Amid Tesla (NASDAQ:TSLA) shares' rally to record highs, analysts and investors continue pontificating on where they'll go from here. Optimism around the forthcoming Model 3 launch is invigorating bulls, while the incredibly lofty valuation levels are feeding the bears.

Dougherty analysts Charles Anderson and Jessica McHugh are now dropping the firm's price target on Tesla from $500 to $375, according to Barron's. That's a pretty big cut, but the underlying reason may not be what you think.

Model X driving on a mountain road

Image source: Tesla.

Changing methodology

The prior $500 price target was set by analyst Andrea James, who left Dougherty in May of last year to start an executive coaching practice. A few months later in September 2016, Tesla head of investor relations Jeff Evanson recruited her as an investor relations associate/consultant; Evanson and James had both worked together at Dougherty before Tesla hired Evanson in 2011 to lead its IR function.

Anderson inherited Tesla's coverage from James, including both her rating and price target, which he reiterated last year. However, the methodology that James used to derive her price target was a bit odd: Her model estimated 2025 earnings and then discounted those profits back to arrive at a $500 price target. On one hand, a long-term focus makes sense for a company like Tesla, since so much of the valuation is predicated on future performance, but price targets are often 12-month targets. Anderson is changing the methodology to "gain consistency with the 12-month Price Target view of the rest of our coverage universe."

The new $375 price target is derived from 30 times estimated 2020 earnings of $12.49. To get there, the analyst is modeling for a 35% compound annual growth rate from 2017 through 2020, which Anderson believes justifies that earnings multiple. Dougherty is still bullish overall, and believes that Tesla still enjoys a "substantial lead in battery technology" and much greater brand strength, citing the 350,000-plus Model 3 reservations that the company has gathered with no advertising.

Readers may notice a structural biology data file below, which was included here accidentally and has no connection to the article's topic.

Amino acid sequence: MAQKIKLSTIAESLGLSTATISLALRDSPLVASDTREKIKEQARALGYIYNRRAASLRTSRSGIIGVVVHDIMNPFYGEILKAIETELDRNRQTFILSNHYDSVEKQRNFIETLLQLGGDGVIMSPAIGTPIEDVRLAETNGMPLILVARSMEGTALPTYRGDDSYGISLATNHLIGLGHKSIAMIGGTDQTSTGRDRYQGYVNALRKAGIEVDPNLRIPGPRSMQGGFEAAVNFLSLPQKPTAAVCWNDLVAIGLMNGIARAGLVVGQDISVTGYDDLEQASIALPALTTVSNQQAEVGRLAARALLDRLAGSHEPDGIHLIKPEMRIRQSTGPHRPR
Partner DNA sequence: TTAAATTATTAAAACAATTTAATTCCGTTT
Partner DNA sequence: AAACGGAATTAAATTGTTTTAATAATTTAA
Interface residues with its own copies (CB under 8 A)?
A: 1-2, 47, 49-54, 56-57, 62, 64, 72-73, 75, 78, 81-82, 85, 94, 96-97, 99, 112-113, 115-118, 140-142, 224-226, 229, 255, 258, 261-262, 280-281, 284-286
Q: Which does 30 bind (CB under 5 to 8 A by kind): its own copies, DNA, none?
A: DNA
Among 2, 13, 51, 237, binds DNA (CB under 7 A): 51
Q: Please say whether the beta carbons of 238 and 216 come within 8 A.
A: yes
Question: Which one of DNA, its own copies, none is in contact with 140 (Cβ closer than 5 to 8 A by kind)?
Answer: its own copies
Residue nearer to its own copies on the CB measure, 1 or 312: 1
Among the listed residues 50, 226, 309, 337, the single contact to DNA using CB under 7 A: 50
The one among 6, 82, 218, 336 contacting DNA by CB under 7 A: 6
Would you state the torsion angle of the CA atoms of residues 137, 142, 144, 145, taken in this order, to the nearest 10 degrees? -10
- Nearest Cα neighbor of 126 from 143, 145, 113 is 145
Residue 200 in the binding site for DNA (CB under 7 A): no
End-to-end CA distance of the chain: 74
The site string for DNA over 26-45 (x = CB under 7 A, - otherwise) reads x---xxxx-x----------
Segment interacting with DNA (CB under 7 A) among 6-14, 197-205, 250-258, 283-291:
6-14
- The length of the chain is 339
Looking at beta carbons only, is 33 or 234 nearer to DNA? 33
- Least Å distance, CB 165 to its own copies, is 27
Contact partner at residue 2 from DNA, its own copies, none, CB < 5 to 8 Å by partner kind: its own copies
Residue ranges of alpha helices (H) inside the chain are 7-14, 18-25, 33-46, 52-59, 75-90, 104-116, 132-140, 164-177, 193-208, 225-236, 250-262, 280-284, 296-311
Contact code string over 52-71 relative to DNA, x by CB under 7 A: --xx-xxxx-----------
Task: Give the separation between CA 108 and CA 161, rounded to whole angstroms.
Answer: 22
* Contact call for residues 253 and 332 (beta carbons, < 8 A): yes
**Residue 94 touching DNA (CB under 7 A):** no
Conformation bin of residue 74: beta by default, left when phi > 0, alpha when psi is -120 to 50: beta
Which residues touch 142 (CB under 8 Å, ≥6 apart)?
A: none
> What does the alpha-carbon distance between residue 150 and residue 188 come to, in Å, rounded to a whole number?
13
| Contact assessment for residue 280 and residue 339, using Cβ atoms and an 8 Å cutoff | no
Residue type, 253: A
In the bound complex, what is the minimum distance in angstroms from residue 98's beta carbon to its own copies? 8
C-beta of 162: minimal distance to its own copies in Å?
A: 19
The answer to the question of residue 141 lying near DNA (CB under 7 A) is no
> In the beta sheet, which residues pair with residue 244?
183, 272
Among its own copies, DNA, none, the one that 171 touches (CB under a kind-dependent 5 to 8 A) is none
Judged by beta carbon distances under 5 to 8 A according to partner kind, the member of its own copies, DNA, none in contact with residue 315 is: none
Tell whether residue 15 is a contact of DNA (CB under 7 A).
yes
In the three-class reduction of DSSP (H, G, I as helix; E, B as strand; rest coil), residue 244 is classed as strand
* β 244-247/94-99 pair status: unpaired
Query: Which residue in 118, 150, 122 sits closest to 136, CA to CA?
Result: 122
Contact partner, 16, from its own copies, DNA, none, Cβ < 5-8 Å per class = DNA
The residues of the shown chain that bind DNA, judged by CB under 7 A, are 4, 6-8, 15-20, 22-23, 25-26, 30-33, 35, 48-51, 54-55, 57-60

Using 2020 estimates is more reasonable, as longer-term estimates are generally less reliable since so much can happen between now and 2025, especially for a company like Tesla. There's also more visibility into Tesla's ambitions, as the company said a year ago that it hopes to produce 500,000 vehicles in 2018 and ramp to 1 million vehicles by 2020. Whether or not Tesla can actually pull off those ambitious goals is another topic altogether.

While the prior $500 price target was the Street high by far, the new $375 price target is still the Street high, just not by as wide a margin. That target still represents over 20% upside from current levels. Even Morgan Stanley analyst Adam Jones, one of the most prominent Street bulls, only has a price target of $305, which is roughly where shares are currently trading.

This article represents the opinion of the writer, who may disagree with the “official” recommendation position of a Motley Fool premium advisory service. We’re motley! Questioning an investing thesis -- even one of our own -- helps us all think critically about investing and make decisions that help us become smarter, happier, and richer.